If you want to witness amazing natural landscapes and wildlife that you won’t find anywhere else, Ecuador is the place to visit. However, you may be asking, “Is Ecuador safe for tourists?”
Unfortunately, you’ve probably heard some disturbing stories of people falling victim to pickpocketing, unsafe situations, or crime in Ecuador. Sadly, bad news like this always sticks. The good news is that while these things do happen, they most likely won’t happen to you.
And why? Because the vast majority of visits to Ecuador end safely and without incident. Yes, common sense and basic caution are required, but it’s unnecessary to travel with fears that will most likely diminish your experience.
It’s definitely one of the best places to visit in South America. So how safe is Ecuador exactly?
Read on to find out.
Why Visit Ecuador?
What’s so great about Ecuador? The answers to this question are almost infinite.
Firstly, Ecuador’s size alone is one of its greatest assets because it makes everything easy to reach. This isn’t an exaggeration. You can spend several hours sinking into Ecuador’s beautiful mountains, drive a few hours, and before you know it, you’re approaching the vibrant Amazonia.
What would a vacation be without food? Food is an important part of Ecuadorian culture. Traveling to Ecuador is an exciting experience, no matter where you’re from. You can see beautiful places, observe fascinating traditions, and, most importantly, taste wonderful food.
Since Ecuador is such a rich country and has so much to offer, it’s a great destination for all types of travelers. Zip-lining or rafting for the daring, tubing and biking for the younger ones, and a massage and a glass of wine for the more opulent tourists.
Is Ecuador Dangerous?
Ecuador is one of the safer countries in South America, but you should still be careful because it’s likely to be more dangerous than other parts of the world you’ll visit.
Although things have calmed down since the major protests in 2022, civil instability is still possible. The biggest concern for travelers visiting Ecuador is the high crime rate. While it primarily affects locals, it occasionally penetrates tourist areas. Theft is rampant in Ecuador, so you should always keep a watchful eye on your possessions.
This is especially common in major cities such as Quito and Guayaquil, as well as in other popular tourist destinations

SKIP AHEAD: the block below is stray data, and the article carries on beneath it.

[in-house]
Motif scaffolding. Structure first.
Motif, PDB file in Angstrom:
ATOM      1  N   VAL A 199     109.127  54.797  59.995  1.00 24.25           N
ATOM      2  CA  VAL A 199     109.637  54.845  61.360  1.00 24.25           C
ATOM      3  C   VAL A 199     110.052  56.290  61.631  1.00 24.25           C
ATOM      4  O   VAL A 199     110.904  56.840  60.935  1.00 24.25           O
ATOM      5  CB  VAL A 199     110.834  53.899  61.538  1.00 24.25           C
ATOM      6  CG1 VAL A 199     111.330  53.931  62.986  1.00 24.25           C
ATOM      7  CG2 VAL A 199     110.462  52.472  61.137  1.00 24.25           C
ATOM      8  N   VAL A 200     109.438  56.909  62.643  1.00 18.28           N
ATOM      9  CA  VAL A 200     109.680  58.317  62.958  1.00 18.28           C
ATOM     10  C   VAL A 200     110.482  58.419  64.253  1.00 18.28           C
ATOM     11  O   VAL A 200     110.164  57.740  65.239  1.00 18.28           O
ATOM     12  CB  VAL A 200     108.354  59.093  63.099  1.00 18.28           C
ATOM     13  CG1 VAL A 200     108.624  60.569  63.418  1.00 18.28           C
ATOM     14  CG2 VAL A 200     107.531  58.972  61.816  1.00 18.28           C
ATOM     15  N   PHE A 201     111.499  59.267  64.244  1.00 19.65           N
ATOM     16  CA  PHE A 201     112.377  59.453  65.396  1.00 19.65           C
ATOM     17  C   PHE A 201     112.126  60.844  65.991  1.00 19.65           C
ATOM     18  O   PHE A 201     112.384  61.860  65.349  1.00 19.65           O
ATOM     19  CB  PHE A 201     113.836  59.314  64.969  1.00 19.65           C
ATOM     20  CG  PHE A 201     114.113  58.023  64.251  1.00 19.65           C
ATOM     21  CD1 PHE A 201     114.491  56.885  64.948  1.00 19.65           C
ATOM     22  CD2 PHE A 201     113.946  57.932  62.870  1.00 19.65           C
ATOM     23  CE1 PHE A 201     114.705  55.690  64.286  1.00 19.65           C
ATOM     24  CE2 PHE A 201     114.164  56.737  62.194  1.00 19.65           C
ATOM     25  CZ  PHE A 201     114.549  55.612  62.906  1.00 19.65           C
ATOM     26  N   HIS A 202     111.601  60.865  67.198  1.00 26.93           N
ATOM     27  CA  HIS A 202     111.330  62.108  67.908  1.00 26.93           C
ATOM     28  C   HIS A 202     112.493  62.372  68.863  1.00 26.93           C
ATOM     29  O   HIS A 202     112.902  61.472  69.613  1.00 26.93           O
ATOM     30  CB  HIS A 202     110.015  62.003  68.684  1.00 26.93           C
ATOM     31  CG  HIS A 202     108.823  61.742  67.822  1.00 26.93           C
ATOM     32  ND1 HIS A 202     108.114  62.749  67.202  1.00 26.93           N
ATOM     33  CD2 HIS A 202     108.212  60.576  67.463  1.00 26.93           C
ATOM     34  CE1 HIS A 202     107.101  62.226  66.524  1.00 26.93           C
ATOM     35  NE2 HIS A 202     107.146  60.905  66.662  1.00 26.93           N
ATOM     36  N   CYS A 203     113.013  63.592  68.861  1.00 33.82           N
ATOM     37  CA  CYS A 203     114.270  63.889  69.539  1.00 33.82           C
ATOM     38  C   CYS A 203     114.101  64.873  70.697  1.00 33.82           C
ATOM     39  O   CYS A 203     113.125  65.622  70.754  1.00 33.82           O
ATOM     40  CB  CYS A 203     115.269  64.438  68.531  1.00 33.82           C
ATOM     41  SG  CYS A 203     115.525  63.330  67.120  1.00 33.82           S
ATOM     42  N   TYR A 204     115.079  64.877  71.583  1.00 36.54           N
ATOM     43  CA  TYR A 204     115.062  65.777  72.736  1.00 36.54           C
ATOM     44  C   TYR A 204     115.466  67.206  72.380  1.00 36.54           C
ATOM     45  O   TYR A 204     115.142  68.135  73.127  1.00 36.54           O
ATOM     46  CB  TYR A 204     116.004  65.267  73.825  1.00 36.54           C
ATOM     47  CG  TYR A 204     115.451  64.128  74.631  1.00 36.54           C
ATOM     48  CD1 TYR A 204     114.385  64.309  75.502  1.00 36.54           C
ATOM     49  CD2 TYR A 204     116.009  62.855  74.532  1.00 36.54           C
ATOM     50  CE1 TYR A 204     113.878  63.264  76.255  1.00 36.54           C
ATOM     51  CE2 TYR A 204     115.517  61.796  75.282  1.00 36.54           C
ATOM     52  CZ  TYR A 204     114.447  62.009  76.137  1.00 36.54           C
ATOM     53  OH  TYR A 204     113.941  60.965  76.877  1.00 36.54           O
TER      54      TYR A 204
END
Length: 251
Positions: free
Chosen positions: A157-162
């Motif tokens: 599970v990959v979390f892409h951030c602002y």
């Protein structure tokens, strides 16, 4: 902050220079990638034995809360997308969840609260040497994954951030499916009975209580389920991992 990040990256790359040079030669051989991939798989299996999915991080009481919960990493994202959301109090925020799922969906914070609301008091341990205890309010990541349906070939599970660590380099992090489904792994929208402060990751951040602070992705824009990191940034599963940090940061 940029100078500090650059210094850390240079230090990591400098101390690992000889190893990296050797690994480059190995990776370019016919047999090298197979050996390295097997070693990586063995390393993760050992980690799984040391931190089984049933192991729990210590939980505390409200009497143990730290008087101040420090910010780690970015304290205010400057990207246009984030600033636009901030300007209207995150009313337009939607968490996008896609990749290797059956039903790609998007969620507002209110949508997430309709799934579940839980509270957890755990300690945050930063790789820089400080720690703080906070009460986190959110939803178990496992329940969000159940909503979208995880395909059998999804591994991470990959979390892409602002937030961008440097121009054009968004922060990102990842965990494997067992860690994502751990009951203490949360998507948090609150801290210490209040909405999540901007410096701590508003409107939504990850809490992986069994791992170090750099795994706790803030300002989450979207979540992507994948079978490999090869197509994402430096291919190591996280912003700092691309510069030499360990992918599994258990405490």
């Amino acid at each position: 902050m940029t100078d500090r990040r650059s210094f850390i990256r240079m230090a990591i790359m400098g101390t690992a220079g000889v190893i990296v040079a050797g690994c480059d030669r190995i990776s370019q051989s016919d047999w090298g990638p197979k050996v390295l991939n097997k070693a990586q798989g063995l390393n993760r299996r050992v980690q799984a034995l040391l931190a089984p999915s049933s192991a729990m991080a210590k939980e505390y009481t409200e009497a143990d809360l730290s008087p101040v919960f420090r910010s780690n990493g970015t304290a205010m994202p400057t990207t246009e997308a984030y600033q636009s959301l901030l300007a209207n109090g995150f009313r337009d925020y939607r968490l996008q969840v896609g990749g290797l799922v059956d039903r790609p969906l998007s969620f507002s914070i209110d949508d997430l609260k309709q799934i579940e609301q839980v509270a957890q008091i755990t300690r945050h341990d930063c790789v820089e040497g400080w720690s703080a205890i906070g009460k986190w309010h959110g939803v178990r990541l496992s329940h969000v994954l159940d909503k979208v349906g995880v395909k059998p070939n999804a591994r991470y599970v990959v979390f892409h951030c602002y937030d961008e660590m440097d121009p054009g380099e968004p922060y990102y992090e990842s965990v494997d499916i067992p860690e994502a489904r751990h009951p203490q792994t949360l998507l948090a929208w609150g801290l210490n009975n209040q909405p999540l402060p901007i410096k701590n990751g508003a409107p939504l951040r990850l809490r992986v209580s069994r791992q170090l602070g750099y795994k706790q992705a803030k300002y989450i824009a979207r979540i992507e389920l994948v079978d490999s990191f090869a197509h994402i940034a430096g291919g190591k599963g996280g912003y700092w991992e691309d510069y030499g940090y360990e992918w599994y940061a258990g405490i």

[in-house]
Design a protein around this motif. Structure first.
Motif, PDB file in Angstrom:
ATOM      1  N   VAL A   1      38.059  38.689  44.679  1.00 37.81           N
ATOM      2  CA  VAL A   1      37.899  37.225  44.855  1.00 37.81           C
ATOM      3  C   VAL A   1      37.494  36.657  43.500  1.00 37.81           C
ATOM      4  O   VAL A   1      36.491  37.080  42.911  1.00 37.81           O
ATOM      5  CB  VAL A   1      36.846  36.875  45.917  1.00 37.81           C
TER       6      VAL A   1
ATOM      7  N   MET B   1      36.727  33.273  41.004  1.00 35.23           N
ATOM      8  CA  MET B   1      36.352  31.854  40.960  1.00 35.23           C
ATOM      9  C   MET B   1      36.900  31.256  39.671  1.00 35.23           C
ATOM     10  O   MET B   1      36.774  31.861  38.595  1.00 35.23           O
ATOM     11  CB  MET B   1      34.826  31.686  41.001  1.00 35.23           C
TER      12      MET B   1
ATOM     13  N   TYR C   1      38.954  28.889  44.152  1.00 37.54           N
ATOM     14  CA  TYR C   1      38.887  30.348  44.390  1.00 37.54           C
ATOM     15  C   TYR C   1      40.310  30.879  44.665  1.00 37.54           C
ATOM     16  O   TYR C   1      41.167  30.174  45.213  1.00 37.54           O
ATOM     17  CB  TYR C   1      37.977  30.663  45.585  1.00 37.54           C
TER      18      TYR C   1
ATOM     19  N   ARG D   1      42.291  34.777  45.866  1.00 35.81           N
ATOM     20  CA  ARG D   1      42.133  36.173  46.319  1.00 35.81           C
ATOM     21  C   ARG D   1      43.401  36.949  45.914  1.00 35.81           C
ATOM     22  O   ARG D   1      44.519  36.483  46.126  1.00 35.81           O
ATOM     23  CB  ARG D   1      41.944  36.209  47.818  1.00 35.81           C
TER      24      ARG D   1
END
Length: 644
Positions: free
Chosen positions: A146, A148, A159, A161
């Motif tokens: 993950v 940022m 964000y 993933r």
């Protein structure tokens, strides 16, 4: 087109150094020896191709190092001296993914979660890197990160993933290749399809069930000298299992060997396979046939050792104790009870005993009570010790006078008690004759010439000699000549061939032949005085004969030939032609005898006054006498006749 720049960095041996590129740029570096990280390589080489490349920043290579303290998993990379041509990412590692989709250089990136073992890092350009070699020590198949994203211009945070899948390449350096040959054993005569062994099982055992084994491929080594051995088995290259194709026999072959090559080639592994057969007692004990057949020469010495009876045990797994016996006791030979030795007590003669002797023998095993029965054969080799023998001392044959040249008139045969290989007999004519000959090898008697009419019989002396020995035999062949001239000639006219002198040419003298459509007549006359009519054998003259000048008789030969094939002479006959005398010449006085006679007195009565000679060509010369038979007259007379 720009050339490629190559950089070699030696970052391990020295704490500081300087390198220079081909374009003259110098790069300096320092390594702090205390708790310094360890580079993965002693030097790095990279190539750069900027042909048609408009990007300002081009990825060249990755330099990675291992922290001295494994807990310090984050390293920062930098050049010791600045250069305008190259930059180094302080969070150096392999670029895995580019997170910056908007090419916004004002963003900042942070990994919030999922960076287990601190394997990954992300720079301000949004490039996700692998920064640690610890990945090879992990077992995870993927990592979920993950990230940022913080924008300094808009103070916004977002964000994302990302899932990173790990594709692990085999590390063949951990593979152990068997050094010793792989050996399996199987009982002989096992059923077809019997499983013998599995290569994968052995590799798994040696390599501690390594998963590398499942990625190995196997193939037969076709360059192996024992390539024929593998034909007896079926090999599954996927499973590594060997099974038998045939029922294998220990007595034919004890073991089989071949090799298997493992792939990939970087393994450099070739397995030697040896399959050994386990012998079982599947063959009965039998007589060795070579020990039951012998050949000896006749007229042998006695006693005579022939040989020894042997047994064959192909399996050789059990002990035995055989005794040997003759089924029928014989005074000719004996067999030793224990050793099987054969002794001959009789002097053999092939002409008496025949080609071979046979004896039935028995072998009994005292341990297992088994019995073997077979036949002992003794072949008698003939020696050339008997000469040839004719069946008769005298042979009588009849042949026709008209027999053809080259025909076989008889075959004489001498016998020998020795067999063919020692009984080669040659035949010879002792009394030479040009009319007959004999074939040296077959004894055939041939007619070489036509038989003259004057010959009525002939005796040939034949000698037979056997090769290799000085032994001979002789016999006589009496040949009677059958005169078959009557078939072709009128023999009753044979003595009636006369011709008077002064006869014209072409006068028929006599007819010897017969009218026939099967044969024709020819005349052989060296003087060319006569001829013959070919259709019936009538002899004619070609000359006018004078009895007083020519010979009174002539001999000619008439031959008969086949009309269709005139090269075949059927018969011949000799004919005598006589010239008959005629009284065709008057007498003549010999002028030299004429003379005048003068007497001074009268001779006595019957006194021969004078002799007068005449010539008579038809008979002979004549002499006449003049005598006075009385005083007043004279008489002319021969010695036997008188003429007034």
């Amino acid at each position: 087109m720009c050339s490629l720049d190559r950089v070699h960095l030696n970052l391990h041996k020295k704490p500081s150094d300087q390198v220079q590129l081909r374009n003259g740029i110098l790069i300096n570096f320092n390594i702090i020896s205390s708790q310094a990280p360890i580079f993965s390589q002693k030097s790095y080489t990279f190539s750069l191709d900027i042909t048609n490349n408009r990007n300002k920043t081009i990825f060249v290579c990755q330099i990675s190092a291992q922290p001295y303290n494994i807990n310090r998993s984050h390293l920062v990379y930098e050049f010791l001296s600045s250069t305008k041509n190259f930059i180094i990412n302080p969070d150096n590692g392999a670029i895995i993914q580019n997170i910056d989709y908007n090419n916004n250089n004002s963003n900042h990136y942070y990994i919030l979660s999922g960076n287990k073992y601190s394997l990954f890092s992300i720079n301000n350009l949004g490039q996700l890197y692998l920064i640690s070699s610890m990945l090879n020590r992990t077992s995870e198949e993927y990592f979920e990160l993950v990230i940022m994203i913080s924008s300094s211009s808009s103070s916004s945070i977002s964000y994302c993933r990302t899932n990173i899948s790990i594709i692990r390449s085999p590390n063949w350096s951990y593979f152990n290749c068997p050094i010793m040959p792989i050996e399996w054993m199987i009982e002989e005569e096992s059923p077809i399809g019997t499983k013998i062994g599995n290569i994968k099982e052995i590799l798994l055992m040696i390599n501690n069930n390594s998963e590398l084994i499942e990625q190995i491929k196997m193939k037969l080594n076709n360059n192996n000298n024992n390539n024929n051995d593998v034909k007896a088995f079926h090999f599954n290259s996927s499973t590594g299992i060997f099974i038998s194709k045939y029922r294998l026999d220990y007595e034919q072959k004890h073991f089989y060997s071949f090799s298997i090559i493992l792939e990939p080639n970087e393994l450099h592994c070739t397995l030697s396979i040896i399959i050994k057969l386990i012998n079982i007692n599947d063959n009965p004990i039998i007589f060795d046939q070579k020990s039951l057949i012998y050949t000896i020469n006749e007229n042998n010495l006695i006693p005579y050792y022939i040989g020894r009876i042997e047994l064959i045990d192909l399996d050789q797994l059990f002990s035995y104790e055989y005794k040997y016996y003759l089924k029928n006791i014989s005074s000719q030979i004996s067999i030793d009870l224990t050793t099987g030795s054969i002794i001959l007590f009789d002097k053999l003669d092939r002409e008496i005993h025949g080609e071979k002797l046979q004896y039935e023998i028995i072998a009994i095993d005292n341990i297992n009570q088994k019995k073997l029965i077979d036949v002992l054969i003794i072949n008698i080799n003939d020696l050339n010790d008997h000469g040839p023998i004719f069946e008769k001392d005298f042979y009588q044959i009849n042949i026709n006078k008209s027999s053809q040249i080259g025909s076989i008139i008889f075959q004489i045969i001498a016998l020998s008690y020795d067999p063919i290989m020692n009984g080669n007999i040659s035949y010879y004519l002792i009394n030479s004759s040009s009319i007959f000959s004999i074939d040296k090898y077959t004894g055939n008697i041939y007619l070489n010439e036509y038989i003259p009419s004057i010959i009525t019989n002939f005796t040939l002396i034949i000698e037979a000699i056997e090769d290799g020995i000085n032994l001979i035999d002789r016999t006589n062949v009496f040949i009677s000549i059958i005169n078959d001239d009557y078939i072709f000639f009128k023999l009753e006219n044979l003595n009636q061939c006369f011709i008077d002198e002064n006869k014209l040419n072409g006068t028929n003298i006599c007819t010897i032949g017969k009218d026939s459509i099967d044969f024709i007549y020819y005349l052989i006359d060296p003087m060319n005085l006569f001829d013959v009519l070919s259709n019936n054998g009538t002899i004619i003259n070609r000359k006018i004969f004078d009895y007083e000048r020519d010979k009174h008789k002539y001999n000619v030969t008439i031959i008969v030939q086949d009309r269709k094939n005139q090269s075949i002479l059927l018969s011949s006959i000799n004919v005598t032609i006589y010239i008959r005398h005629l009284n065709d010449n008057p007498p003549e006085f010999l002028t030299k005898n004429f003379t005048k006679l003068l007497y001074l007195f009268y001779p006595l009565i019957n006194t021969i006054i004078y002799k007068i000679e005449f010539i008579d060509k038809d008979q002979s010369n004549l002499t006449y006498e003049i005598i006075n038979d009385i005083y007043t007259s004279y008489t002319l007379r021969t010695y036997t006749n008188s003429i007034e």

Dangerous Areas in Ecuador
The old town of Quito is beautiful, and a part of it is a UNESCO World Heritage Site, so it’s no surprise that the city attracts many tourists. Unfortunately, pickpockets have a heyday in crowds, so be mindful of your surroundings and valuables.
This is also one of the poorer areas of the city. Unless you’re in a large group, with a local friend, or on a tour, you should avoid the area at night. Quito’s newer neighborhood, La Mariscal, is also potentially dangerous at night. Instead of walking back to your hotel, you should call a cab.
The crime rate in Guayaquil makes this port city somewhat dangerous. It has similar problems to Quito, but petty crime is more widespread. Avoid the poorest neighborhoods, especially El Guasmo.
You should be careful in downtown and in the south of the city, as well as on public transportation. Aside from pickpockets and scammers, be on the lookout for tricks like mustard/ketchup being squirted on your pants to distract you.
Some of the biggest crooks in town are the friendly experts who tell you they can get you a great deal on a cruise to the Galapagos Islands. They then charge you a huge markup on the actual price.
Is It Safe to Live in Ecuador?
Even though Ecuador isn’t one of the safest countries in the world, you shouldn’t worry.
The best way to be safe in Ecuador, as in many other regions of the world, is to be alert and aware of your surroundings. Living in one place isn’t the same as traveling around. You’ll quickly learn how things work here and how to adapt to your new way of life to ensure your safety.
Safe Areas/Cities in Ecuador
Cuenca is safe because there aren’t as many drug problems here as in other big cities. Although this isn’t true of every Andean city, the large cities in the highlands often have a better safety record because of the rural way of life.
This area was founded by the Spanish in 1557. Therefore, there are beautiful streets from the colonial period and a lot of historical buildings. Its beauty, combined with a very relaxed atmosphere and the fact that it’s clean and safe, makes it a city worth visiting.
Montanita, which means “Little Hill,” is one of the safest cities in Ecuador. It is known for its relaxed atmosphere, friendly residents, and strong police presence. You’ll probably feel comfortable using your cell phone, camera, or laptop outside within hours of arriving.
There’s a great hippie vibe here that has persuaded many visitors to stay permanently. Nonetheless, a regular flow of backpackers means affordable places to stay, plenty of food options, a plethora of bars, and a terrific party vibe.
The Galapagos Islands are considered the most visited archipelago in the world. Staying in the Galapagos is extremely safe, although it’s not a cheap destination. There is little to no petty crime here, strong police presence and strict restrictions.
The sun, which can be harsh in the middle of the day, is the only thing you have to worry about. Since the area has a predominantly male population, some women might not feel safe, but as long as you move in groups, you shouldn’t have any problems.
There is nature everywhere, and you can explore various parks and beaches. All 18 islands can be explored, and there are popular wildlife tours.
Warnings & Dangers in Ecuador
Ecuador has a Global Peace Index of 1.99 (as of 2022), ranking 79th in the world and fifth in South America. This score is due in part to Ecuador’s lack of organized conflict, terrorism, and internal violence, and its excellent relations with its neighbors. The fact that the police are sufficiently separated from the military has also contributed.